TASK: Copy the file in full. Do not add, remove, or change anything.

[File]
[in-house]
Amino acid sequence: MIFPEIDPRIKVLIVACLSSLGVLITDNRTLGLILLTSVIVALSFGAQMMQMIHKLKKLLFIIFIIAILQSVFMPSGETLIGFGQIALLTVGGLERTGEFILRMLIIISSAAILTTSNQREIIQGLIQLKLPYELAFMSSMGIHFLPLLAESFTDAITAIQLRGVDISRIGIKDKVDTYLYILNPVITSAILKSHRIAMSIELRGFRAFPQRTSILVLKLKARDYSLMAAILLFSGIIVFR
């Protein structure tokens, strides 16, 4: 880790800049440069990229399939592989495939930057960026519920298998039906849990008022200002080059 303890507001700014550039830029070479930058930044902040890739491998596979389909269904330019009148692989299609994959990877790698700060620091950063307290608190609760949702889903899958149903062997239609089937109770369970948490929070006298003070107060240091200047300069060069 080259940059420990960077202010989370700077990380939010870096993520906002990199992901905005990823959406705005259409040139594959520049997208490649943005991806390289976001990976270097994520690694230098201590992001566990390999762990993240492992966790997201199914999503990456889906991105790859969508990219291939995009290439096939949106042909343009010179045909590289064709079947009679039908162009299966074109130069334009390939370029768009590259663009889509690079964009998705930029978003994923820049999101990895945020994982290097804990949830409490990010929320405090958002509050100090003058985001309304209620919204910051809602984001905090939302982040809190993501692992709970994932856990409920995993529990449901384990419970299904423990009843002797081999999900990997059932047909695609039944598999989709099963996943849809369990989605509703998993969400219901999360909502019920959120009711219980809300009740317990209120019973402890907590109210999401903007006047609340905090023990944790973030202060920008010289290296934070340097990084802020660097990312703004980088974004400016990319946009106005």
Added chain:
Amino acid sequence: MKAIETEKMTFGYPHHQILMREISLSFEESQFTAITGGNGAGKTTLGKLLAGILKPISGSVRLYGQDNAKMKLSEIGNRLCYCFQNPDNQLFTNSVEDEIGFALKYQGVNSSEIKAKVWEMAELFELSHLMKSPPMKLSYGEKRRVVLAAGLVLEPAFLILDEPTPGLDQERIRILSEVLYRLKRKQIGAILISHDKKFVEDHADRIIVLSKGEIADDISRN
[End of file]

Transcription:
[in-house]
Amino acid sequence: MIFPEIDPRIKVLIVACLSSLGVLITDNRTLGLILLTSVIVALSFGAQMMQMIHKLKKLLFIIFIIAILQSVFMPSGETLIGFGQIALLTVGGLERTGEFILRMLIIISSAAILTTSNQREIIQGLIQLKLPYELAFMSSMGIHFLPLLAESFTDAITAIQLRGVDISRIGIKDKVDTYLYILNPVITSAILKSHRIAMSIELRGFRAFPQRTSILVLKLKARDYSLMAAILLFSGIIVFR
């Protein structure tokens, strides 16, 4: 880790800049440069990229399939592989495939930057960026519920298998039906849990008022200002080059 303890507001700014550039830029070479930058930044902040890739491998596979389909269904330019009148692989299609994959990877790698700060620091950063307290608190609760949702889903899958149903062997239609089937109770369970948490929070006298003070107060240091200047300069060069 080259940059420990960077202010989370700077990380939010870096993520906002990199992901905005990823959406705005259409040139594959520049997208490649943005991806390289976001990976270097994520690694230098201590992001566990390999762990993240492992966790997201199914999503990456889906991105790859969508990219291939995009290439096939949106042909343009010179045909590289064709079947009679039908162009299966074109130069334009390939370029768009590259663009889509690079964009998705930029978003994923820049999101990895945020994982290097804990949830409490990010929320405090958002509050100090003058985001309304209620919204910051809602984001905090939302982040809190993501692992709970994932856990409920995993529990449901384990419970299904423990009843002797081999999900990997059932047909695609039944598999989709099963996943849809369990989605509703998993969400219901999360909502019920959120009711219980809300009740317990209120019973402890907590109210999401903007006047609340905090023990944790973030202060920008010289290296934070340097990084802020660097990312703004980088974004400016990319946009106005």
Added chain:
Amino acid sequence: MKAIETEKMTFGYPHHQILMREISLSFEESQFTAITGGNGAGKTTLGKLLAGILKPISGSVRLYGQDNAKMKLSEIGNRLCYCFQNPDNQLFTNSVEDEIGFALKYQGVNSSEIKAKVWEMAELFELSHLMKSPPMKLSYGEKRRVVLAAGLVLEPAFLILDEPTPGLDQERIRILSEVLYRLKRKQIGAILISHDKKFVEDHADRIIVLSKGEIADDISRN